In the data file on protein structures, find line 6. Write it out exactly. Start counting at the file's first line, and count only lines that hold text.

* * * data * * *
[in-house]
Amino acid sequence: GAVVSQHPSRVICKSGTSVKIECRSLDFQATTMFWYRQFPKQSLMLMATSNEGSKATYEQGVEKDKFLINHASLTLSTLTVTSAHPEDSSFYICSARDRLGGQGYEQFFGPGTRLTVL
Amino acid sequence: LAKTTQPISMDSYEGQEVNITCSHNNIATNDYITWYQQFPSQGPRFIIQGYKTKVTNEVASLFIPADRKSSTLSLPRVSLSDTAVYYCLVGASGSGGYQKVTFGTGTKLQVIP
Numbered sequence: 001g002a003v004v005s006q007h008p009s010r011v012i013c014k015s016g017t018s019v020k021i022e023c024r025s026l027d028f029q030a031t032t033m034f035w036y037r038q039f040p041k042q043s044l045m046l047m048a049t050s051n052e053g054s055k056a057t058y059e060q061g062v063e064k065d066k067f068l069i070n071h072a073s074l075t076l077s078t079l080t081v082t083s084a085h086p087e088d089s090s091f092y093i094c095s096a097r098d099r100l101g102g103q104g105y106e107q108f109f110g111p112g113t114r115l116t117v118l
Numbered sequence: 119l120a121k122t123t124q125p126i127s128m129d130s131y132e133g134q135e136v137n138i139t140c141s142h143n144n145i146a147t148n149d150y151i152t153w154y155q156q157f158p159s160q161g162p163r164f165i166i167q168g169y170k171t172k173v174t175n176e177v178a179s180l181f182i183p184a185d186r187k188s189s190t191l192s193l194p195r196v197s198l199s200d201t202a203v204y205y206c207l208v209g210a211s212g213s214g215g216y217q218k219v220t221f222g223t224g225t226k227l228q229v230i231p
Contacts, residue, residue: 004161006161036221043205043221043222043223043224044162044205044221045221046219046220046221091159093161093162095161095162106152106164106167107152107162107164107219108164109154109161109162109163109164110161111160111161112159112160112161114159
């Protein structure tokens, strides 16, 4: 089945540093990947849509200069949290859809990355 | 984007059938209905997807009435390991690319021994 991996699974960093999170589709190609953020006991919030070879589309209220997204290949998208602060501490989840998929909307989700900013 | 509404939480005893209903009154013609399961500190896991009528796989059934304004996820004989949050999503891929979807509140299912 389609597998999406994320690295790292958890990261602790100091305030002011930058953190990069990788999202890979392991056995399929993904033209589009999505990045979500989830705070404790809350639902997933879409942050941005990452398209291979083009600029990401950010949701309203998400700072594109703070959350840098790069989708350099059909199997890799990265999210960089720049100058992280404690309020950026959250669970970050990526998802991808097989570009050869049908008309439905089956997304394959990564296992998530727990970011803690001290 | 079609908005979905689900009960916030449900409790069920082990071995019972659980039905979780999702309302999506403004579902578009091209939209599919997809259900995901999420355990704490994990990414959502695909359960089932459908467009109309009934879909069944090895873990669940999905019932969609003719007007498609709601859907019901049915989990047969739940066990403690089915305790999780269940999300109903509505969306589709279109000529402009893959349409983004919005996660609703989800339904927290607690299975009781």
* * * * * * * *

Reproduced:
Contacts, residue, residue: 004161006161036221043205043221043222043223043224044162044205044221045221046219046220046221091159093161093162095161095162106152106164106167107152107162107164107219108164109154109161109162109163109164110161111160111161112159112160112161114159